Gabby Douglas, Her Terrible Tweets, Shoving Sexual Assault Under the Rug & the Switch Up

Gabby Douglas, 21-year old Olympian and Gold medalist, has always had a soft spot in Black America’s heart. She’s young, gifted, (Black), and poppin’ so that’s pretty much all we needed to get on board. Throughout her career she has faced a lot of criticism particularly about the way she looks. Her hair has been a topic of discussion on many occasions, especially on social media. Many white Twitter users  attacked Gabby during the Olympics when she didn’t put her hand over her heart during the National Anthem. But in typical Black people fashion, we rushed to her defense, most of us banding together to build a protective shield around her. We were rooting for her, and hoping she’d ultimately kick ass at the Olympics, which she did.

Aug 16, 2016; Rio de Janeiro, Brazil; Simone Biles (USA) and Aly Raisman (USA) celebrate after winning a medal during to the women’s floor exercise final in the Rio 2016 Summer Olympic Games at Rio Olympic Arena. Mandatory Credit: Robert Deutsch-USA TODAY Sports ORG XMIT: USATSI-GRP-950 ORIG FILE ID: 20160816_ads_usa_382.JPG

She kicked ass along with another fave, Simone Biles. As time passed, we were glad to celebrate them both, loving the idea that two Black girls had helped bring home the Gold.

A few days ago though, everything took a sudden turn for the worst. The once revered athlete became the subject of a public Twitter dragging. It all started when Douglas’ teammate Aly Raisman posted this message to social media:

“Just because a woman does a sexy photo shoot or wears a sexy outfit does not give a man the right to shame her or not believe her when she comes forward about sexual abuse,” Raisman wrote. “What is wrong with some of you? AND when a woman dresses sexy it does not give a man the right to sexually abuse her EVER.

“Women are allowed to feel sexy and comfortable in their own skin, in fact I encourage you all to wear what you feel good in. I will not put up with any woman or girl being shamed for wanting to wear a skirt, dress, etc. I do not tolerate it. Are we clear? Oh and one more thing. STOP VICTIM SHAMING. It is because of you that so many survivors live in fear.”

Over the last few months sexual assault allegations in Hollywood have been flying left and right. Everybody from Democratic Senator Al Franken to well known actors Kevin Spacey and Charlie Sheen have been accused of wrongdoing. Unfortunately, the world of gymnastics has similar problems of its own. When Aly Raisman spoke out about victim blaming and sexual assault, however, Gabby was less than understanding of her teammate’s position. She responded with a tweet, and was immediately called out by teammate Simone Biles.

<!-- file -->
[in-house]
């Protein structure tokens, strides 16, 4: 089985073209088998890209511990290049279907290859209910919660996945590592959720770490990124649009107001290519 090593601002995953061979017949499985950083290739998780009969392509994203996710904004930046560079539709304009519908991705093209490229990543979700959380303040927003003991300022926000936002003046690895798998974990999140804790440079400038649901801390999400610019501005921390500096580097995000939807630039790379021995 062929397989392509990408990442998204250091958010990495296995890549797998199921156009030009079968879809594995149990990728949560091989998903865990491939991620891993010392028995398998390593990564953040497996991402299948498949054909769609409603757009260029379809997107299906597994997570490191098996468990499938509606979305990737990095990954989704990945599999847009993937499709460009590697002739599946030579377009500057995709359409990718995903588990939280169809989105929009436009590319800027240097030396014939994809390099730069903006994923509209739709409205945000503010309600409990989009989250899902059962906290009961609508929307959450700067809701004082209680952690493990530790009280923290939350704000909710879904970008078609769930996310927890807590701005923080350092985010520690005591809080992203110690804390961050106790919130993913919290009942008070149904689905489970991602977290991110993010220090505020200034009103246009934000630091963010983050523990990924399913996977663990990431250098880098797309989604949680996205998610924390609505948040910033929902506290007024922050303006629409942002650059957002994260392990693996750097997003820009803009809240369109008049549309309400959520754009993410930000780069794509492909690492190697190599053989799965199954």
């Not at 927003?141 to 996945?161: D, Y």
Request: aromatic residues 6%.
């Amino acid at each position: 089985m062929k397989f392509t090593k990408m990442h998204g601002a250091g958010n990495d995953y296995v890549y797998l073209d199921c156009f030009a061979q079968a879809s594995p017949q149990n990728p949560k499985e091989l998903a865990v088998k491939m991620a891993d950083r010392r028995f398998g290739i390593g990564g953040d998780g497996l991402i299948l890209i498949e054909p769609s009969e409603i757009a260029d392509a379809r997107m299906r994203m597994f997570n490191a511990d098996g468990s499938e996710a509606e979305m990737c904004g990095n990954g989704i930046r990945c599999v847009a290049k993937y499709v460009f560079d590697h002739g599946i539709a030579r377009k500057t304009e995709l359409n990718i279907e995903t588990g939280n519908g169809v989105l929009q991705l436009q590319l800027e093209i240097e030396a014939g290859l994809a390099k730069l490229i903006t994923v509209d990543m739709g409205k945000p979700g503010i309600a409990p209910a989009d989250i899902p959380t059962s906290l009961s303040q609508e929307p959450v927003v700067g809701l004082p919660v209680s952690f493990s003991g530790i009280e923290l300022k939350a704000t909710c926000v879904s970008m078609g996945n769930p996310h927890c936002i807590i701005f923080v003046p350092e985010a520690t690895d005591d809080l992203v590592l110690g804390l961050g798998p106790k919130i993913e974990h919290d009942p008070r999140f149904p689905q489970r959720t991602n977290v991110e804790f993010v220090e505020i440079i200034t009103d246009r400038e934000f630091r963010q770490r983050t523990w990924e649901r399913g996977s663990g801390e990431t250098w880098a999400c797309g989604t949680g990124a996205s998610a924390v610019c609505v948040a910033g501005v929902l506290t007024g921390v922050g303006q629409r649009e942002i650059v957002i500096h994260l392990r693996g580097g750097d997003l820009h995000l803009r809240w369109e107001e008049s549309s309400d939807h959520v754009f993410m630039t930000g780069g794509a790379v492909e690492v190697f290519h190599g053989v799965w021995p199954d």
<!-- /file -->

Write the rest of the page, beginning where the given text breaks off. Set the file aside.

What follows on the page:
Of course, since then, Gabby Douglas has apologized, but there are a number of things I’ve been wanting to address.

  1. The disappointment. It really sucks when you feel you’ve supported someone and they do or say something incredibly stupid. If there’s one thing I wish, it’s that these celebrities would finally surrender their social media accounts to their PR person or social media manager. I am so tired of celebs we once admired falling from grace because of something they’ve shared on the Internet. Sure, celebs usually apologize within hours of saying something that the Internet didn’t like, but it begs the question of whether or not they are actually sorry, or are simply doing their due diligence to insure that their brand isn’t tarnished any further.

2. Really taking a look at sexual assault/rape allegations and how people respond to them. Gabby is not the only person who feels like sexual assault victims are part responsible for what happens to them. We’ve heard this narrative over and over again. We have to call out toxic statements that blame or shame the victims who are brave enough to speak out. Gabby seems to have some internalized feelings.

Here are some good resources on the topic:

The Psychology of Victim Blaming

Rape Culture

Teen Vogue Roy Moore

3. The Black community’s hypocritical response to Gabby’s tweet. While it’s a fact that Gabby’s comments were insensitive, toxic, and out of line, it’s also a fact that hundreds (maybe thousands) of Black tweeters weaponized Gabby’s natural hair in an effort to berate her. Black people are now using the same insults and slurs against Gabby that they’d been “defending” her from in the past. This really bothers me to see. The comments from the lighter skinned Black women with finer hair especially made me cringe.

There were many other comments like that. Just search Twitter if you want to see. But of course, Queen Cardi B came through with a tweet in Gabby’s defense.

After all this, I wonder how we handle situations such as these? Can Gabby learn from her mistake? Is this “Cancel Culture” a bit over the top, or do celebs who mess up deserve to be ousted? What is the appropriate response when something like this happens? Do we fight fire with fire? How can we better deal with the overwhelming amount of sexual assault allegations without blaming the victim, or crucifying people who may in fact be innocent? Can we find a balance, or will everything just continue to go up in flames?

#karmajonezknows

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